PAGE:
Strengthening Constitutional Self-Government

No Left Turns

The Complicated Path of Ideas

Ross Douthat has written an interesting blog post about how new policy ideas are working their way through Amercan conservatism - and how they aren't.  Douthat divides American conservatism into three groups:

1. The "elite" intelectual world of the think tanks, policy journals, and the conservative political magazines like National Review, Weekly Standard, and National Affairs

2.  The broader world of the conservative movement to include Fox News, conservative talk radio. the Tea Partiers, pressure groups like the NRA and activism-oriented websites like RedState.

3.  The institutional Republican Party that is made up of office holders, staffers, fundraisers consultants and such.

I have a quibble with Douthat's description of the first group as elite, because all three groups include political elites of different kinds - it is tough to think of some think tank guy as an elite but Sean Hannity or some Republican governor as not an elite.  Maybe it is because there is no good word to describe the first group.  Lets call them policy intellectuals (I'm open to other nonobscene suggestions.)

Douthat writes that conservative policy intellectuals like Yuval Levin, James Capretta, Nicole Gelinas, Ramesh Ponnuru and others have come up with some promising ideas for dealing with isues like health care and taxes under current conditions and generally updating the policy agenda of the Right.  He is also concerned that the institutional Republican Party (minus some exceptions like Mitch Daniels and Paul Ryan) and the "movement" organs haven't shown much interest in those ideas as compared to bashing Obama.

I agree with Douthat's first point about conservative policy intellectuals having come up with some worthwhile ideas, but I think his complaints need some qualification.  It takes a while for ideas to work their way from the think tanks and policy journals into the world of electoral politics.  Douthat mentions the period of conservative intellectual ferment in the early 1970s with journals like The Public Interest and Commentary.  He is right about the ferment, but it was also a period in which a Republican President imposed wage and price controls.  It took years and sometimes decades for those ideas to be taken up by large groups of politicians.

This is linked to Douthat's complaint about the failure of these ideas to be taken up by the "movement" institutions with their wider audiences.  I don't like it either, but I don't know how to apportion blame and I think that Douthat's favored tactic would tend to be counterproductive unless used with great tact and heavily supplemented with other approaches.  Douthat would like conservative think tankers and magazines to call out Republican politicians and conservative momement figures who offer easy answers.  Well that is sometimes a good idea, but there is friendly and unfriendly criticism.  I think David Frum is a pretty good example of how not to go about it with his shots that virtually guarantee that much of the conservative audience will be closed to what he has to say.  On the other hand, Ramesh Ponnuru is often critical of conservative suggestions like the FairTax, the Ryan Roadmap and the recent conservative meme that it is a big problem that much of America pays no income taxes and yet Ponnuru doesn't end up generating the same hostility from conservatives.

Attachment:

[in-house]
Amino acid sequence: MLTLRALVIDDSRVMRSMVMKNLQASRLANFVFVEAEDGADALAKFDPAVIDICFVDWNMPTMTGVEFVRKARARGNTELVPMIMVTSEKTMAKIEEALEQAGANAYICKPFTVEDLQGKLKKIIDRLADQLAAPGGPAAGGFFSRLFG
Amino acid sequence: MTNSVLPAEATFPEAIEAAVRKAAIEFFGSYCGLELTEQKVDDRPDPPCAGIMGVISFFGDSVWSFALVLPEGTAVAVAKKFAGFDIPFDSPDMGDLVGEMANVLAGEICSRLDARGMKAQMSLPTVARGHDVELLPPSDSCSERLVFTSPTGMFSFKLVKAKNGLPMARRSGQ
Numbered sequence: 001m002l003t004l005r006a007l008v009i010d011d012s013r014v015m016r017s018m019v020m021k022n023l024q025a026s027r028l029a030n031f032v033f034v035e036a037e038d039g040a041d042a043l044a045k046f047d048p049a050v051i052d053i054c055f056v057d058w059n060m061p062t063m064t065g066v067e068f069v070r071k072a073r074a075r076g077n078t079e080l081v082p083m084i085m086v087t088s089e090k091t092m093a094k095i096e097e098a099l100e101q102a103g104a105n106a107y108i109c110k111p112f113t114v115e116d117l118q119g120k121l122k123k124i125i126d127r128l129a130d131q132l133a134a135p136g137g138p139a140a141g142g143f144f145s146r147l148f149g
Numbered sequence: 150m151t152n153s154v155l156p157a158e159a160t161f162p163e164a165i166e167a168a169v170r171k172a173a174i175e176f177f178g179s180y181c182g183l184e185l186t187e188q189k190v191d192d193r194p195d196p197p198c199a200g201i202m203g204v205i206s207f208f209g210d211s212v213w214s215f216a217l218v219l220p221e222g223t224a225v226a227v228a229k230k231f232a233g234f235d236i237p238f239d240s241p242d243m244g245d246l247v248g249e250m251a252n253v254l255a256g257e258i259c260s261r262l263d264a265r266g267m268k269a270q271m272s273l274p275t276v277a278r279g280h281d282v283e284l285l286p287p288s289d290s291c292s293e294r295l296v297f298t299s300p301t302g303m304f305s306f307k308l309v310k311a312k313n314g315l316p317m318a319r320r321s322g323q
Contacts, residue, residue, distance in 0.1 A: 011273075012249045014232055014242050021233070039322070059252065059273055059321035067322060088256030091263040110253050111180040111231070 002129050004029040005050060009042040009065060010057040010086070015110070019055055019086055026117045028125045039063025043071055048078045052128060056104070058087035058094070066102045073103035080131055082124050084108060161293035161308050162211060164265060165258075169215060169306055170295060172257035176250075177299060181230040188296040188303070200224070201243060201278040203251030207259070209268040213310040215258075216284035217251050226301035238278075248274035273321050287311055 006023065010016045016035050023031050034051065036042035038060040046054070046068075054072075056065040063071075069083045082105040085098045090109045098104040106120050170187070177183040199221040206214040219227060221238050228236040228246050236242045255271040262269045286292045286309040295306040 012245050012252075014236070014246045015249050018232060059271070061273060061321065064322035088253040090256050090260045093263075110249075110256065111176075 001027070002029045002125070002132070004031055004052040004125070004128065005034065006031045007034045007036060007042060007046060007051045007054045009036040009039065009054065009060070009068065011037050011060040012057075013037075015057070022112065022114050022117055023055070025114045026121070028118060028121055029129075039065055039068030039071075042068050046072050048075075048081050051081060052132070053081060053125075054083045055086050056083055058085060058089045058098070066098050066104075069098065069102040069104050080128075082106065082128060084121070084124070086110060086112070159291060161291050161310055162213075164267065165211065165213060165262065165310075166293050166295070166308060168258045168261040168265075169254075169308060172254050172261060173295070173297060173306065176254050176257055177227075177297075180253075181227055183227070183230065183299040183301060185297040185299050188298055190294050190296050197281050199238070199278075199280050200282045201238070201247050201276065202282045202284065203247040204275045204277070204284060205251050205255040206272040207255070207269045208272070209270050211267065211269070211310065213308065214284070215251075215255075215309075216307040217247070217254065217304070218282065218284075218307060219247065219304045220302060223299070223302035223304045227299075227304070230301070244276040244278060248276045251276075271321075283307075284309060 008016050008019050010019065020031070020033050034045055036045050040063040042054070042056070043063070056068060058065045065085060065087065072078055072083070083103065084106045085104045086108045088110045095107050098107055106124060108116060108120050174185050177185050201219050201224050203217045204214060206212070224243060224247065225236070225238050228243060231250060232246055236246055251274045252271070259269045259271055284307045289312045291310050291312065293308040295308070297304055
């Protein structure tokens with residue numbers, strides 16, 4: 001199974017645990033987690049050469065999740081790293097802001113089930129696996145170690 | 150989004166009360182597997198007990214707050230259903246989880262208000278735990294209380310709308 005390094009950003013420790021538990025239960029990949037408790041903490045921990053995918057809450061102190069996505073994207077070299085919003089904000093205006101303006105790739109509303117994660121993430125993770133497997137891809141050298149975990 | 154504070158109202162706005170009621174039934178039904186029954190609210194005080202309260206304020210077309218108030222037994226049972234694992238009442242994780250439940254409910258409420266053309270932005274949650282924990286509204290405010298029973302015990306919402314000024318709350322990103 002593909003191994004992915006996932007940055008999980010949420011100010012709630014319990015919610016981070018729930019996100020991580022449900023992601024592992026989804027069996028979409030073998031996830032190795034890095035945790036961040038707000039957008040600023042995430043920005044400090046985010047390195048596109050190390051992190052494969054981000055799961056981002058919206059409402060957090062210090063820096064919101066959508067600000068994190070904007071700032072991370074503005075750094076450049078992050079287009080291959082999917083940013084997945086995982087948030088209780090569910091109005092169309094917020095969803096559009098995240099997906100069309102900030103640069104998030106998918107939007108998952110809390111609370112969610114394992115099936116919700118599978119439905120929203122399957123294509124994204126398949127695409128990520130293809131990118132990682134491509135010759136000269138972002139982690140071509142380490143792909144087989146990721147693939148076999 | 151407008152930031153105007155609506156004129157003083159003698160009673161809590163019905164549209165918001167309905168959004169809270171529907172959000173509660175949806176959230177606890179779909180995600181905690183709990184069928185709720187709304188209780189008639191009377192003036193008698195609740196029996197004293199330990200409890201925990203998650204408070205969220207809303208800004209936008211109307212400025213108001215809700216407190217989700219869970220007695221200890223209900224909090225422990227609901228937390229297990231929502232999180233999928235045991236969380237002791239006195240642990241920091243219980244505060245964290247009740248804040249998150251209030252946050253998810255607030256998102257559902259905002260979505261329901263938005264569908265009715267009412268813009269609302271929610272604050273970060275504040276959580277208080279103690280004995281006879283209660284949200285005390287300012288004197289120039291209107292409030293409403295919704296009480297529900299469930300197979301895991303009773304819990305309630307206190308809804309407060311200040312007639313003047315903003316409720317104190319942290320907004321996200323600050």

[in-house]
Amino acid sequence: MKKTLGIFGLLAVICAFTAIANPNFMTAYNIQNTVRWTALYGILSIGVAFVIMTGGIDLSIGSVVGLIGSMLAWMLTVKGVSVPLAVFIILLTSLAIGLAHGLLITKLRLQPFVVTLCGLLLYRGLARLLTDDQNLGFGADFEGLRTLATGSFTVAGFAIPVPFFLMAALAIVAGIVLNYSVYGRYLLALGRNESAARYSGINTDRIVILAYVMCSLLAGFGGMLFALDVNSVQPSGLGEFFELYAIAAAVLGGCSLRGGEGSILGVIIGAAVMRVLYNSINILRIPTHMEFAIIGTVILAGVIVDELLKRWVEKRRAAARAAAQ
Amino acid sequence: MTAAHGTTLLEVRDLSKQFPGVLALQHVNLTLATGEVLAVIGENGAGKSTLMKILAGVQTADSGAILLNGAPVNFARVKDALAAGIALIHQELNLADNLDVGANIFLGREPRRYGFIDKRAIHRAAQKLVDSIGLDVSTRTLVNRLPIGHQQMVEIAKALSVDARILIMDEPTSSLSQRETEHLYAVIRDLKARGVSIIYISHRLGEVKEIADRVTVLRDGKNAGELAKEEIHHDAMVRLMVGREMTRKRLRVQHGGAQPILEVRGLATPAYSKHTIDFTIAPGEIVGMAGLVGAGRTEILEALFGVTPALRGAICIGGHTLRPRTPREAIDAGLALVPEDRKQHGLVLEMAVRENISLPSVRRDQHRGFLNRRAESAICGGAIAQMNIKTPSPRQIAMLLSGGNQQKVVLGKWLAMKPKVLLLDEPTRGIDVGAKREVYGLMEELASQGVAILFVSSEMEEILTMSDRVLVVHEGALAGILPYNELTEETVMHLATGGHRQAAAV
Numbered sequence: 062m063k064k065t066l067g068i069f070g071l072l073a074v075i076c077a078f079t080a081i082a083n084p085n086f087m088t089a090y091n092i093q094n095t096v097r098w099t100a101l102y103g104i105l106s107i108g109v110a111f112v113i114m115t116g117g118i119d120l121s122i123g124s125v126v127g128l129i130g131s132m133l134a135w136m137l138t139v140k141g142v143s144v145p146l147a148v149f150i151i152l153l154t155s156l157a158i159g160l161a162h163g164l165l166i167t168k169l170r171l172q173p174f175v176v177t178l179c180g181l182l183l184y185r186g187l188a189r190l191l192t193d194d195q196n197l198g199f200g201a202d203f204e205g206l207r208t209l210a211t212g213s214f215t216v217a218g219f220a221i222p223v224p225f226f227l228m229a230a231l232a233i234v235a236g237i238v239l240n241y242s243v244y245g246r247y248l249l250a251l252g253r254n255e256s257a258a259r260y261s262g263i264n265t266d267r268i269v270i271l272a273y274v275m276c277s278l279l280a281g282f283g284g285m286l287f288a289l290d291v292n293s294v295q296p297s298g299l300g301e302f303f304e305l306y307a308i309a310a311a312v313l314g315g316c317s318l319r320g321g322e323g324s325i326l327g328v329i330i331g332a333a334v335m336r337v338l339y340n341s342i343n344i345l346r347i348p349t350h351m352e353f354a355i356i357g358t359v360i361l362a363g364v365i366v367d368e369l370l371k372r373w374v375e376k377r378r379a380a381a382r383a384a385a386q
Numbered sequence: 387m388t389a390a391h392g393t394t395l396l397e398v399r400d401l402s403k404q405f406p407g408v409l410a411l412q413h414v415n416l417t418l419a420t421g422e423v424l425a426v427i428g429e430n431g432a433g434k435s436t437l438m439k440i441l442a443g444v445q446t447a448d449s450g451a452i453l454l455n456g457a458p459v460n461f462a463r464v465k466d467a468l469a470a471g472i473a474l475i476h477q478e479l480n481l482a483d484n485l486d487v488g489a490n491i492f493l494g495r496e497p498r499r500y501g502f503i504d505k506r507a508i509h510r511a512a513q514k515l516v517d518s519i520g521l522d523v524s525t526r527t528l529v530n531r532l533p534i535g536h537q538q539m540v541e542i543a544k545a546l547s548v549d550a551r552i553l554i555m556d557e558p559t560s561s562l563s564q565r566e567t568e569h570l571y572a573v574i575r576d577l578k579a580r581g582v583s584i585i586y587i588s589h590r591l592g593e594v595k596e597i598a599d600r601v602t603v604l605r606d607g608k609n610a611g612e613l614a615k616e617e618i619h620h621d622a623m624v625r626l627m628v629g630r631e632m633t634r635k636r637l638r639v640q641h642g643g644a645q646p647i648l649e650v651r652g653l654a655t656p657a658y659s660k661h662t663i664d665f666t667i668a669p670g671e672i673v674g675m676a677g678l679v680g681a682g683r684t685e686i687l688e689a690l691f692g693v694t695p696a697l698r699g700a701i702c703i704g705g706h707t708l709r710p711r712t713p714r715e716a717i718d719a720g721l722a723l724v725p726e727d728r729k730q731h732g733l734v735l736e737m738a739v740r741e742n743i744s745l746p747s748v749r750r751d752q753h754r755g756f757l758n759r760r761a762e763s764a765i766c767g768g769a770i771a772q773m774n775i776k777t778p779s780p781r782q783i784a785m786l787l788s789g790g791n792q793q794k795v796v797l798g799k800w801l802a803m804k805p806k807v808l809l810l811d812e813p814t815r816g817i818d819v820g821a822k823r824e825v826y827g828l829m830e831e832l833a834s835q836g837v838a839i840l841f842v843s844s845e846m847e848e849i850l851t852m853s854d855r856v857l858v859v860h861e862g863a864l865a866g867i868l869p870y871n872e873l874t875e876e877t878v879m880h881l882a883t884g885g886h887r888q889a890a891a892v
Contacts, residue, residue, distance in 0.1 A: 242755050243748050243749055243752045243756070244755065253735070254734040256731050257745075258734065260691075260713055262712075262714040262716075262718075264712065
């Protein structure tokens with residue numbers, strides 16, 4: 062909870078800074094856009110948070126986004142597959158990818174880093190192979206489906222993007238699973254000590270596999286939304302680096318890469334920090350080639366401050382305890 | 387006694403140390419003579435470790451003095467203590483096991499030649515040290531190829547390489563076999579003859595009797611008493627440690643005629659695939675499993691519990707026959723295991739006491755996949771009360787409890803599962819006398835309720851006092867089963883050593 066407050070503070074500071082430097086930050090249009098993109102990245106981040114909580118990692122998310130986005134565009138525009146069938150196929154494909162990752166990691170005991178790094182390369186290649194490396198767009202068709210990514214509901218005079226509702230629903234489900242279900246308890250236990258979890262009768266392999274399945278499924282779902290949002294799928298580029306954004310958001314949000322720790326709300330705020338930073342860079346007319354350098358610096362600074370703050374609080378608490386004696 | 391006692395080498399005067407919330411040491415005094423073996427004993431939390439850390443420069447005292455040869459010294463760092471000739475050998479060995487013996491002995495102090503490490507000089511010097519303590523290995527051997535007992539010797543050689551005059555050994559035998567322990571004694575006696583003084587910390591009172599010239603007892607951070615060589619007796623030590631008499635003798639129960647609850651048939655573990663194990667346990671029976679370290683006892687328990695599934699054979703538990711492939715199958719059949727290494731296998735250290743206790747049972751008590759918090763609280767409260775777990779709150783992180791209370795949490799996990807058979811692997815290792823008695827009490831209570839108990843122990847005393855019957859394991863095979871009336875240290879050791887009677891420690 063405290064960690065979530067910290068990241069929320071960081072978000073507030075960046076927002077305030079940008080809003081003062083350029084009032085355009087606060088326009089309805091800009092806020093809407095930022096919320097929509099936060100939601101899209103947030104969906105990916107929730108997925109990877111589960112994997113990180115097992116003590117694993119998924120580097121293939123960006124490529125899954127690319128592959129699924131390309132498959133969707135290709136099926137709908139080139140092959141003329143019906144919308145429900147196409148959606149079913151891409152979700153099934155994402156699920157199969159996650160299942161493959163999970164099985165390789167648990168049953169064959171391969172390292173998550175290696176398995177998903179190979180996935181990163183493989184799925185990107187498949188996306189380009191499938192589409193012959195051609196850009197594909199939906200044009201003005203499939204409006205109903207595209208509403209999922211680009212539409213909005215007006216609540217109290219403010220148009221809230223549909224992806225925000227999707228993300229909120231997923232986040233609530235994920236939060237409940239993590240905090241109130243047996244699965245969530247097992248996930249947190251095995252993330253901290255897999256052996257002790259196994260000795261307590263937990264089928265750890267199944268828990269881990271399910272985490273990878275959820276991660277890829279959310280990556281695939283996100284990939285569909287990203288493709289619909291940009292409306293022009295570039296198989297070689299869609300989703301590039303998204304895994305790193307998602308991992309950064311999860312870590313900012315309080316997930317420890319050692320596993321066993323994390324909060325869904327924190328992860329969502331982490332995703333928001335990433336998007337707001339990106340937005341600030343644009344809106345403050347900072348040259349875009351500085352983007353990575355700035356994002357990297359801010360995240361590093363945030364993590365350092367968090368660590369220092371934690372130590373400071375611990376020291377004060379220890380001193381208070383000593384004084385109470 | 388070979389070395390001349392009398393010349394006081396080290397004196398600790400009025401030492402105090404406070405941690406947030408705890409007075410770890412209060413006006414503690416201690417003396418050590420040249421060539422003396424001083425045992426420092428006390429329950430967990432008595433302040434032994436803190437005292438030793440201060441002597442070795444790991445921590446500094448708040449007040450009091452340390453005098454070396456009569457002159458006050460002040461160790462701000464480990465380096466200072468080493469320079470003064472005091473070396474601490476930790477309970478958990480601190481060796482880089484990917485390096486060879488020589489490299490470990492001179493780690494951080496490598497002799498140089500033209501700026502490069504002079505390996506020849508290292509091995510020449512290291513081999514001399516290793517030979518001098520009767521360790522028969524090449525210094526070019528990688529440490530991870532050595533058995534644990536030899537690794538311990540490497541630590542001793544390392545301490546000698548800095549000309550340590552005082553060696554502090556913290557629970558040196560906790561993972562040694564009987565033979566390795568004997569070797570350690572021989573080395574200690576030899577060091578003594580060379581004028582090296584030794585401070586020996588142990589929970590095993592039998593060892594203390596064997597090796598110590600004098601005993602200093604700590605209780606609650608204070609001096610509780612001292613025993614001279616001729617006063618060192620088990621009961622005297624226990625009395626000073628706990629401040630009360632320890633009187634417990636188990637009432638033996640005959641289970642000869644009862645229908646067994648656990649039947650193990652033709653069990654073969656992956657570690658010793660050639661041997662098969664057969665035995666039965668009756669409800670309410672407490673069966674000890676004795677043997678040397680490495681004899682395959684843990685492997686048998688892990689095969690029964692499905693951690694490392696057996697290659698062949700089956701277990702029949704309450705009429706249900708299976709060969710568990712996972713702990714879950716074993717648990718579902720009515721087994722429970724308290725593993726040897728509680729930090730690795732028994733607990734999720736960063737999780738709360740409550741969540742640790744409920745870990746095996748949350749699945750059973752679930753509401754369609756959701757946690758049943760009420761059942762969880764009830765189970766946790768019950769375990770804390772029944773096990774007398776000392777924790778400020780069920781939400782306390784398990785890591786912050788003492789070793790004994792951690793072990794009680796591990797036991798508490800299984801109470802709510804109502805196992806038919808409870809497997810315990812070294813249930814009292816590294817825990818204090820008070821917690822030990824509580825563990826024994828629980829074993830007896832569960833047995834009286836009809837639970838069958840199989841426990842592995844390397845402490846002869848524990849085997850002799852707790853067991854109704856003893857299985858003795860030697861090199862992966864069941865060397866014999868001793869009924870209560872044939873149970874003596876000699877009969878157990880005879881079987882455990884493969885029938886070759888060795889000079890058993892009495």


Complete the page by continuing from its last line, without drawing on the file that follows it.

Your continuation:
But more than being better at criticizing the populist conservative media, policy intellectuals should be looking for ways to join it from time to time.  It is great that they do so much thinking, but it is crucial that they get their ideas out into media with large audiences.  I don't know how the booking process works for shows like Hannity, Mark Levin's radio show or Fox and Friends, but there is alot of time to fill out there.  I'd love to see (or hear) James Capretta explain a health care reform policy built around switching to renewable health insurance policies and state-based reinsurance pools or Robert Stein explaining pro-family tax reform.  if it sounds boring, it is worth remembering that one of the early themes of conservative talk radio was how cutting capital gains taxes would help people who didn't own any stock.  Building an interesting segment around how to have increased health care security and lower health care costs or how tax changes could make it easier to raise your kids and increase jobs shouldn't be an impossible sell. 

Conservative policy intellectuals getting on those kinds of shows would also mitigate the problem of the Republican Party's slowness in adopting new policy ideas.  Millions of people would be exposed to their ideas.  It isn't everybody, but it is alot and if people are interested in the ideas they hear, they might share them with their friends who don't consume much conservative media.  This might make it easier for some Republicans in right-leaning districts to adopt ideas that might sound too radical even to people who self-identify as conservative.

The last reason for conservative policy intellectuals to go on those kinds of programs is because the spread of political ideas is not about simple top-down distribution.  The audience will have questions about how policies will impact their lives and whether those policies match up to their values.  It will be, among other things, a testing process, and the reaction of the broader conservative audience will tell us some important things about the political viablility of those policies.  So lets us get started.     

Discussions - 1 Comment

That's a great idea. Folks may be doing that to some extent already (e.g. Heritage), but certainly more could be done.

I think many conservatives (e.g. tea party participants) are hungry for good, well-presented ideas.

Anyone know if Rush reads this blog?

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